An application of a modified theory of planned behavior model to investigate adolescents’ job safety knowledge, norms, attitude and intention to enact workplace safety and health skills

Source avec lien : Journal of Safety Research, (Prépublication), janvier 2020. 10.1016/j.jsr.2019.12.002

Les théories du comportement en matière de santé, couramment utilisées dans les sciences sociales et comportementales, sont utiles et fournissent des conseils pour élaborer et évaluer les interventions en matière de SST, y compris celles qui visent à prévenir les blessures et à promouvoir la santé et la sécurité des travailleurs adolescents aux États-Unis, qui sont blessés à un taux plus élevé que les adultes.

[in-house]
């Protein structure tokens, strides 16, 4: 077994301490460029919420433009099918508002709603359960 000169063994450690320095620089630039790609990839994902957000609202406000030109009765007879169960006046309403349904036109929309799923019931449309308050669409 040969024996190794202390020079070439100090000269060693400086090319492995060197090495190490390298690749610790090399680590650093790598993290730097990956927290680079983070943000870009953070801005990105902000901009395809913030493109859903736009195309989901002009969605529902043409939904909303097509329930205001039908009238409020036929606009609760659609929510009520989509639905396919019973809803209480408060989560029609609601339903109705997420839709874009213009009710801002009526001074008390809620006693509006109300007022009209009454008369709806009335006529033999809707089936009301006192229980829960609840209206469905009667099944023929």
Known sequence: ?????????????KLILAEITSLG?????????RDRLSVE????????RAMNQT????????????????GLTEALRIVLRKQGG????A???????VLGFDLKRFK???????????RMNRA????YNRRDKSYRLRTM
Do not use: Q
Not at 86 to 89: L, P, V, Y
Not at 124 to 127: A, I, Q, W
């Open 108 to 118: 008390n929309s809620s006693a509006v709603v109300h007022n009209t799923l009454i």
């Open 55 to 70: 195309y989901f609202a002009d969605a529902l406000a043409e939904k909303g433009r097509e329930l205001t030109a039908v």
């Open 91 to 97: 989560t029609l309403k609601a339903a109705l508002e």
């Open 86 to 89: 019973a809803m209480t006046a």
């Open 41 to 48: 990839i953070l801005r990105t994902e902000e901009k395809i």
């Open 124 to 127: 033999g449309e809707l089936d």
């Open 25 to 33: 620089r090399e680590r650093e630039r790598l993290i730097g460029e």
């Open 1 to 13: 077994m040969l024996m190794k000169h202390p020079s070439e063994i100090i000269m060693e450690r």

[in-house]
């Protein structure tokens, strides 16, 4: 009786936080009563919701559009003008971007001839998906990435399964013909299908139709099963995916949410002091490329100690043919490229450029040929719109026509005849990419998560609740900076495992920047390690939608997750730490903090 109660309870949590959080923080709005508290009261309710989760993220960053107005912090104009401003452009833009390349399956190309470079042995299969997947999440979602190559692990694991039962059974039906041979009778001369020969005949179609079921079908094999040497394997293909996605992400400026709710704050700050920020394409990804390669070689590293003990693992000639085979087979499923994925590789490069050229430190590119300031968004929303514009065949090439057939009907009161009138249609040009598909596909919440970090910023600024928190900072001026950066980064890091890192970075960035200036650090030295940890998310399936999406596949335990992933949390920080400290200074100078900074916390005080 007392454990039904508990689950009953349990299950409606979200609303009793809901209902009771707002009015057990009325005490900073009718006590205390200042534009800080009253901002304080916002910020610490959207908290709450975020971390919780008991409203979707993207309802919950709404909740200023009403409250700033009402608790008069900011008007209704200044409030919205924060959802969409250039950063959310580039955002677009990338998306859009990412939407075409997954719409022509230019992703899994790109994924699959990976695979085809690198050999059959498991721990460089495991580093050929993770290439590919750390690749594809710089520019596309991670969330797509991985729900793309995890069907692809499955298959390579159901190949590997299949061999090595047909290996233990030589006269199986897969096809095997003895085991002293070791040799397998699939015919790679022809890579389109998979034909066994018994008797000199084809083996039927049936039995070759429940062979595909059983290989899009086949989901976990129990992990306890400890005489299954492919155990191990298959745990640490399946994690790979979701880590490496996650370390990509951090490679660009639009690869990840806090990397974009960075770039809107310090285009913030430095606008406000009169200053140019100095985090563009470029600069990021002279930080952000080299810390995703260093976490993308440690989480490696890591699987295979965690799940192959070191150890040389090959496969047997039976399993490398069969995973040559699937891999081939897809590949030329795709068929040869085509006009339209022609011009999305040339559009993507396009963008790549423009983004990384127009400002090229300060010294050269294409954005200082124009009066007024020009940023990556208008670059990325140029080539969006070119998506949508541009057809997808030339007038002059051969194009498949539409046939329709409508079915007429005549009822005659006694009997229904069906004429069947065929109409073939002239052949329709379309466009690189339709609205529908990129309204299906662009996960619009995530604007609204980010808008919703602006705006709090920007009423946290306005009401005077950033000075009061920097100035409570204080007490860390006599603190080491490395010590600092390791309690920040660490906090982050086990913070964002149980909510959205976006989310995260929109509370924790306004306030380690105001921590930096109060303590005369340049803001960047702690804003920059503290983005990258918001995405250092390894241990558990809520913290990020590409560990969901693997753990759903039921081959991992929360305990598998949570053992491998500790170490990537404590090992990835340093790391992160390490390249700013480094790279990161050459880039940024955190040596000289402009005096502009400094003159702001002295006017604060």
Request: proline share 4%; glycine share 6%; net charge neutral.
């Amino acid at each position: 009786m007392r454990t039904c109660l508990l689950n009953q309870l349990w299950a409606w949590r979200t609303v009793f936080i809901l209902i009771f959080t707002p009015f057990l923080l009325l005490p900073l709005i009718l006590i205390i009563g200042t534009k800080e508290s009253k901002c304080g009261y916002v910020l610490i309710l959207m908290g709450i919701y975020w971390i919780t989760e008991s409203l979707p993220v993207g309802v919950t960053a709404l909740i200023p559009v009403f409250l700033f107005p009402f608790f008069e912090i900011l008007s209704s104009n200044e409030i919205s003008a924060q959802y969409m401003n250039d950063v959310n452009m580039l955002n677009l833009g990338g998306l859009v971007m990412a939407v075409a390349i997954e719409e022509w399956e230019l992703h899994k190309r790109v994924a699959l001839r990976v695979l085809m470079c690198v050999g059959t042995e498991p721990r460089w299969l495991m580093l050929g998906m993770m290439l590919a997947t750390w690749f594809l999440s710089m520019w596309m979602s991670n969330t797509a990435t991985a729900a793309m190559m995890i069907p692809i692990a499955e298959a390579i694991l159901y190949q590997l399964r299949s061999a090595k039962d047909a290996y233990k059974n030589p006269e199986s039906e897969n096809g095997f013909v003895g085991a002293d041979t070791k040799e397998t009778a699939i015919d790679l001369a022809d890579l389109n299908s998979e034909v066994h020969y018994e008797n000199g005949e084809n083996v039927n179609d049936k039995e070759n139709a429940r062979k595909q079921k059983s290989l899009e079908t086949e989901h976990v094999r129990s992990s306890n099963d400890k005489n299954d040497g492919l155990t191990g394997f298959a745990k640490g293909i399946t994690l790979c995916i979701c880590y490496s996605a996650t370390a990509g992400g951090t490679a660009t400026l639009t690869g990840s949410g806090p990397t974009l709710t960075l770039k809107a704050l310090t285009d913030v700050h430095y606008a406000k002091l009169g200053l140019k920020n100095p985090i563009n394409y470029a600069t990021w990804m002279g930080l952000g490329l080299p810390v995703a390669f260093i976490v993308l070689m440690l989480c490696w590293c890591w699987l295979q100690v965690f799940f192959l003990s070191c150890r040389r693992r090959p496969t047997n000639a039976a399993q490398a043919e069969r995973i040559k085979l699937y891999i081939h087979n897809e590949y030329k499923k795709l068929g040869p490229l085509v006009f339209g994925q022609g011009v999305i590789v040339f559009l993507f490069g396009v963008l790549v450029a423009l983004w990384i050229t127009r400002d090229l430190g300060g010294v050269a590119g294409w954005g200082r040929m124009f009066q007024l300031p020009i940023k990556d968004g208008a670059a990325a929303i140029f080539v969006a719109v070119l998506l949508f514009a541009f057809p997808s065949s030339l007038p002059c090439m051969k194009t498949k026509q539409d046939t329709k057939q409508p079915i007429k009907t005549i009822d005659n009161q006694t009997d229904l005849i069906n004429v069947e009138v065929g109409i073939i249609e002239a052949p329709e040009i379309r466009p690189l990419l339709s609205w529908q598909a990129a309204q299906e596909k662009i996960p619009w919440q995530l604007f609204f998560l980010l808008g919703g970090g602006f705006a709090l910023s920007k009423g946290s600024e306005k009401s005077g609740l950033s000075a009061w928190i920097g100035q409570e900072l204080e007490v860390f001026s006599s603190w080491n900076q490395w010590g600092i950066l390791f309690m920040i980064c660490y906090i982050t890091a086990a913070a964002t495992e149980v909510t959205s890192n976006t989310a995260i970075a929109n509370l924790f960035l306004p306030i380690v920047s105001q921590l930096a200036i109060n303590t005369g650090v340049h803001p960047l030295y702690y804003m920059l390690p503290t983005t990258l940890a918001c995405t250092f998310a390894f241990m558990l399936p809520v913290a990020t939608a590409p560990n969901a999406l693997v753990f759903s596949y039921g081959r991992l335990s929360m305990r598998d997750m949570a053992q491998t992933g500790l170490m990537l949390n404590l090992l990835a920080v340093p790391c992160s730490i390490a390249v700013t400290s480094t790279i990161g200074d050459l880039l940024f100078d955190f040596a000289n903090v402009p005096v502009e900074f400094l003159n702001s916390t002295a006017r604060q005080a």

Introduction: For many reasons, including a lack of adequate safety training and education, U.S. adolescents experience a higher rate of job-related injury compared to adult workers. Widely used social-psychological theories in public health research and practice, such as the theory of planned behavior, may provide guidance for developing and evaluating school-based interventions to prepare adolescents for workplace hazards and risks. Method: Using a structural equation modeling approach, the current study explores whether a modified theory of planned behavior model provides insight on 1,748 eighth graders’ occupational safety and health (OSH) attitude, subjective norm, self-efficacy and behavioral intention, before and after receiving instruction on a free, national young worker safety and health curriculum. Reliability estimates for the measures were produced and direct and indirect associations between knowledge and other model constructs assessed. Results: Overall, the findings align with the theory of planned behavior. The structural equation model adequately fit the data; most path coefficients are statistically significant and knowledge has indirect effects on behavioral intention. Confirmatory factor analyses suggest that the knowledge, attitude, self-efficacy, and behavioral intention measures reflect a unique dimension (reliability estimates ≥0.86), while the subjective norm measure did not perform adequately. Conclusion: The findings presented provide support for using behavioral theory (specifically a modified theory of planned behavior) to investigate adolescents’ knowledge, perceptions, and behavioral intention to engage in safe and healthful activities at work, an understanding of which may contribute to reducing the downstream burden of injury on this vulnerable population—the future workforce. Practical application: Health behavior theories, commonly used in the social and behavioral sciences, have utility and provide guidance for developing and evaluating OSH interventions, including those aimed at preventing injuries and promoting the health and safety of adolescent workers in the U.S., who are injured at higher rates than are adults.

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